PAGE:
Logarithm

Definition of Logarithm

Log´a`rithm   Pronunciation: lǒg´å`rĭth'm
n.1.(Math.) One of a class of auxiliary numbers, devised by John Napier, of Merchiston, Scotland (1550-1617), to abridge arithmetical calculations, by the use of addition and subtraction in place of multiplication and division.
Arithmetical complement of a logarithm
the difference between a logarithm and the number ten.
Binary logarithms
See under Binary.
Common logarithms
logarithms of which the base is 10; - so called from Henry Briggs, who invented them.
Gauss's logarithms
tables of logarithms constructed for facilitating the operation of finding the logarithm of the sum of difference of two quantities from the logarithms of the quantities, one entry of those tables and two additions or subtractions answering the purpose of three entries of the common tables and one addition or subtraction. They were suggested by the celebrated German mathematician Karl Friedrich Gauss (died in 1855), and are of great service in many astronomical computations.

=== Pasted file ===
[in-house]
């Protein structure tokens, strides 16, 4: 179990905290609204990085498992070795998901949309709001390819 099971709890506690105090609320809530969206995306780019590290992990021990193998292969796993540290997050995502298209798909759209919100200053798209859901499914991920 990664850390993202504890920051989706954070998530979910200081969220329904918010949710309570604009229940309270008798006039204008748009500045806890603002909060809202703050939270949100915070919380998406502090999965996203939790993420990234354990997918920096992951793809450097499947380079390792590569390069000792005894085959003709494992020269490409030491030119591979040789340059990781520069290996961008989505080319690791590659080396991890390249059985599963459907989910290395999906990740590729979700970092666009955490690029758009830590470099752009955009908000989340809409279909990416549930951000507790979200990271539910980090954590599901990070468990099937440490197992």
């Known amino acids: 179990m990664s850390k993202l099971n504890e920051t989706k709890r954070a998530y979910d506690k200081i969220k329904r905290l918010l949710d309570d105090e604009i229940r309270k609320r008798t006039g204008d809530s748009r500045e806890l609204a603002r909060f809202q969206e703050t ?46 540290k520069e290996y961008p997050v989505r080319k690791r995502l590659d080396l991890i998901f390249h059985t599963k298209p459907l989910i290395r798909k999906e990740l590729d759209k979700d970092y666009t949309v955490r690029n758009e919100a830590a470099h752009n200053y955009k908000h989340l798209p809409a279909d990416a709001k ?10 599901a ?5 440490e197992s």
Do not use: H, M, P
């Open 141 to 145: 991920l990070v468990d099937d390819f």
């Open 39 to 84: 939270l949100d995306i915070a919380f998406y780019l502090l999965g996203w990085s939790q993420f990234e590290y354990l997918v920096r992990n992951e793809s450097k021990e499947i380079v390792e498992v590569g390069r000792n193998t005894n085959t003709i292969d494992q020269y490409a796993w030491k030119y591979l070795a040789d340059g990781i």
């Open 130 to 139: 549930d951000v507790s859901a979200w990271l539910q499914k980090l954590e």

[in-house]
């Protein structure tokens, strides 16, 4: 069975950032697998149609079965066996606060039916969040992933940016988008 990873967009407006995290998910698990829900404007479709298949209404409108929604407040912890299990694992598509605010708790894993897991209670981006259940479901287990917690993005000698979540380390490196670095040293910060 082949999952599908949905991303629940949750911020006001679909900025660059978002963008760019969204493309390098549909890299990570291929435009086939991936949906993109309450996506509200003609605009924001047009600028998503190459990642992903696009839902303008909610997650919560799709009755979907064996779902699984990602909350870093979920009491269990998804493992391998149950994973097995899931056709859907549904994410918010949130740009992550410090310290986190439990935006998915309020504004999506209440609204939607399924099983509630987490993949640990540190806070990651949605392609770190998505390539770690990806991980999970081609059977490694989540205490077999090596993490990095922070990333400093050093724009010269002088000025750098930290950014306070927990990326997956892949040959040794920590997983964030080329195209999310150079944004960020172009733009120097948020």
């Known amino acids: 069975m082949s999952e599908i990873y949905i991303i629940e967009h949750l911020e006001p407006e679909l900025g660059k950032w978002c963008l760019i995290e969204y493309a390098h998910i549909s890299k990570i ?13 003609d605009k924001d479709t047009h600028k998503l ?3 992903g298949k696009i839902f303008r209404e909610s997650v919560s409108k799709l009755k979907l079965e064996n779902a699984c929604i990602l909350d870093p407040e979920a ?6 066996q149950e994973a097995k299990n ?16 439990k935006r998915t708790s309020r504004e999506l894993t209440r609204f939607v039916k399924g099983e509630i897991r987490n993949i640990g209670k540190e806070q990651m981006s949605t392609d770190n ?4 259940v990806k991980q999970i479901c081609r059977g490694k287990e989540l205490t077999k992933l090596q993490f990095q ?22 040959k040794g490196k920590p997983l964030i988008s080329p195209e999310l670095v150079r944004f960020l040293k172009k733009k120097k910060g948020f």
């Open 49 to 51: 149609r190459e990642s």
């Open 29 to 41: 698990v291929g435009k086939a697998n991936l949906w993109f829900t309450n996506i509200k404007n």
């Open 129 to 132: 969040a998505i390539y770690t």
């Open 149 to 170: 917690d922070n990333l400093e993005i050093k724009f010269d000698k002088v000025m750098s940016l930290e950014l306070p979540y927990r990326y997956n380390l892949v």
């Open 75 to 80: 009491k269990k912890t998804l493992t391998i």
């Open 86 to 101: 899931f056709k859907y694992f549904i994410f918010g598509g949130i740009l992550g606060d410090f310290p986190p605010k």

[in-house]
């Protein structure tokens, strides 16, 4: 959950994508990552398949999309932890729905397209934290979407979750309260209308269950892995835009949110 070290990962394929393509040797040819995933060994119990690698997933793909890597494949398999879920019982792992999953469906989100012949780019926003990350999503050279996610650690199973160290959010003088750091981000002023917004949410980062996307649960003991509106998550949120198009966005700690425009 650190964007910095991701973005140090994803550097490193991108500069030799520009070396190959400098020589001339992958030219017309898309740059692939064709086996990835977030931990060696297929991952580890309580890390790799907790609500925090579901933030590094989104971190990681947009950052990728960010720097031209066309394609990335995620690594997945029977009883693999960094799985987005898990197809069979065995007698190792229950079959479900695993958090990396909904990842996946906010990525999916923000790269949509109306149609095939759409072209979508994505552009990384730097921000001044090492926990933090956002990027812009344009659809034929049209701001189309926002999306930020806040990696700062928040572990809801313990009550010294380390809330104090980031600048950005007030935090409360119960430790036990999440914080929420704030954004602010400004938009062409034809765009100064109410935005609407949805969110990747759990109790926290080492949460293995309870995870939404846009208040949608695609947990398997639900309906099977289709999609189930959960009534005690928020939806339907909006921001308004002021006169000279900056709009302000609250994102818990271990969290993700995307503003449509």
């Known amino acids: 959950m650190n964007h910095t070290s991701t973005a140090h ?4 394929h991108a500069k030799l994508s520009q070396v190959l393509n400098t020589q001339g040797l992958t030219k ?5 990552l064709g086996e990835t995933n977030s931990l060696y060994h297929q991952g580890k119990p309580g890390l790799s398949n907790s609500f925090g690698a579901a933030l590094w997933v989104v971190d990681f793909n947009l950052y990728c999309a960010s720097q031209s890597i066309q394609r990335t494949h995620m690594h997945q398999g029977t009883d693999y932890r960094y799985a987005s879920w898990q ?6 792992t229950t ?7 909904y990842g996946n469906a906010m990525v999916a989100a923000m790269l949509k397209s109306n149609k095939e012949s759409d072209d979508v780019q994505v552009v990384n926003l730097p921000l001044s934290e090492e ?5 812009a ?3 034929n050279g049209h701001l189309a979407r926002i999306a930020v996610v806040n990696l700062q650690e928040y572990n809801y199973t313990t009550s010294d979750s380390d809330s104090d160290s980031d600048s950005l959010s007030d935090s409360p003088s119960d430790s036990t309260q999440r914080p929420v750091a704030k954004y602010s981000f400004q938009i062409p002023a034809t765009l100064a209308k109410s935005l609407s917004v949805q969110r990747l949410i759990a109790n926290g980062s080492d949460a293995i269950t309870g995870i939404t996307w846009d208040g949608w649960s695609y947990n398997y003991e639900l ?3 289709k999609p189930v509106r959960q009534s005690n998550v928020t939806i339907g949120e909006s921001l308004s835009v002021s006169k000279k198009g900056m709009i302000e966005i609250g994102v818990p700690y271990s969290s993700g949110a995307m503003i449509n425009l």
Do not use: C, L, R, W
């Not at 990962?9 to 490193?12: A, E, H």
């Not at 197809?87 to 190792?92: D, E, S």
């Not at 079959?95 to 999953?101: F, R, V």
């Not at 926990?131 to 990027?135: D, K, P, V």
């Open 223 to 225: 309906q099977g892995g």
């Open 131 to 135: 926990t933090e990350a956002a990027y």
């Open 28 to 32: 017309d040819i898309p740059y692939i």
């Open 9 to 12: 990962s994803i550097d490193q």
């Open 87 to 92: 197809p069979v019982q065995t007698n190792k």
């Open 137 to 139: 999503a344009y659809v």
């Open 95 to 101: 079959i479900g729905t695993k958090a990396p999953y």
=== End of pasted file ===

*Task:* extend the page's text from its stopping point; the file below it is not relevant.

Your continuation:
Hyperbolic logarithm
a logarithm (devised by John Speidell, 1619) of which the base is e (2.718281828459045...); - so called from Napier, the inventor of logarithms.
Logistic logarithms
See under Logistic.

Related Words

common logarithm, exponent, index, log, Napierian logarithm, natural logarithm, power
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